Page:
10. The IMfSP page is like the Matrix Autoresponder Study Guide for anybody willing to deconstruct it. The name of the autoresponder, the title of the page, super-relevant page graphic, 2nd person “you” point of view, clear call to action—repeated, social proof call-outs, bullet points using the rule-of-three, what-to-expect-next clarifications, clearly defined autoresponder frequency, etc.

    You could rename IMfSP to AfSP – Autosresonders for Smart People, because that’s what the course is by default.

    • Now I get it!!

      When I saw “OK, how about an example?” I was initially disappointed. “Where’s the autoresponder stuff??” I wondered, without realizing I was reading the “autoresponder stuff”!!

      DUH!!

      (It was exactly what I was looking for . . . thanks!!)

  11. Thanks Sonia! Working on my autoresponders is one of my TO DO tasks this week, so this came at just the right time. In the past, I didn’t utilize them like I should. But now I intend to use them to my full advantage.

    Best,
    Jennifer

  12. I totally agree. I’ve had success and failures with auto responders. The ones that have been successful have been all about providing something extremely useful to the subscriber. Mediocre or fluff just doesn’t cut it.

    • Exactly — it’s just too easy to unsubscribe or mark as spam. You have to earn their attention, and keep re-earning it.

      The good thing about an autoresponder, though, is you get to keep re-using the content, as opposed to a blog, where you can write something of dazzling brilliance that gets forgotten six days later. :)

      • Autoresponders are also great if you don’t run regular mailings that much; it keeps you in in the inbox and makes it less liekly you’ll get a complaint when you do get around to running a mailing. With email, mailing too little is also a way to get nasty complaint and unsubscribe rates.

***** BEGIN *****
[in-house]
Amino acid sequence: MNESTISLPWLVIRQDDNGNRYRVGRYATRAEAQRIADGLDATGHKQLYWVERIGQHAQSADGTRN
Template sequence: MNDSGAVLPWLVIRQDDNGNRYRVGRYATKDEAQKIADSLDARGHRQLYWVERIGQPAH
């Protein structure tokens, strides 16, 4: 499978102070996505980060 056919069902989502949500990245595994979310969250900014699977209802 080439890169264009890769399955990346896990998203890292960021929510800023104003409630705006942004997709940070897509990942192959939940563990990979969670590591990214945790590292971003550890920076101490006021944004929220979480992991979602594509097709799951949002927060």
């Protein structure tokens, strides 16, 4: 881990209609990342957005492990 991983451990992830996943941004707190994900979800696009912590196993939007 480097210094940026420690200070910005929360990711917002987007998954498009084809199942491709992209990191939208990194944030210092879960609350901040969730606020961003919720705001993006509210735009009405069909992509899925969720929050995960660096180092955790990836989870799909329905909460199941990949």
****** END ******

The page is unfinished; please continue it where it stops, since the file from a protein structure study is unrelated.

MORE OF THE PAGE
13. Do you guys/gals read my mind or what? LOL!

    Seriously. Great stuff (that’s the one thing I need help on now). :)

    *J

  14. What is the big deal with these lists and auto responders. If I am going to make money online via adverts, does it really matter?

    • Eddie, given the topic of your site, you’re going to have a really hard time making money with ads. Give it a shot, but you may find you’ll make much more with email marketing and affiliate offers until you can develop your own products and services.

      • Alright, I guess I will take your word for it and get right away and start putting things together to set up an opt-in form. Thanks for your advise Brian. Much appreciated.

  15. I love the idea of autoresponders. But no one has addressed the technicality of it. How do most people handle the ‘how’ of autoresponders?

    • The “how” is really easy with a service like Aweber or Mail Chimp.

      • I just switched from MailChimp to AWeber and being someone who has used both, my recommendation is AWeber.

        • Thanks Dewane… AWeber it is!

        • I personally prefer Aweber. MailChimp is very easy to use, though … both definitely have their fans.

          • I’ve got AWeber too and like it for many, many reasons.

            However, like one of the previous commenters noted, it’s kind of horrific when it comes to actually formatting a broadcast message. I’ve had it change fonts on me and do all kinds of other strange things.

            I’ve got the same question as the other commenter — how do you guys at Copyblogger get your AWeber autoresponder messages to look so good? Not only content-wise, but formatting?

          • The secret is to have a good web designer (who knows email formatting, because it can be a little hinky) do an HTML template, and then edit messages in an HTML editor. Once you get the hang of it, it’s very easy — I just use a text editor.

            Most people I’ve talked with don’t like Aweber’s WYSIWG editor, while MailChimp’s editor is quite good. I don’t like working in any web-based editor, as you’re only a connection glitch away from losing your changes, but MC does save really often, so it doesn’t seem to be a big problem.

            You’ll also have really awful things happen if you try to paste from Microsoft Word into Aweber unless you’re doing it in code view.

            That’s all obviously only if you go with HTML — we’re thinking of switching to plain text, as deliverability is noticeably better.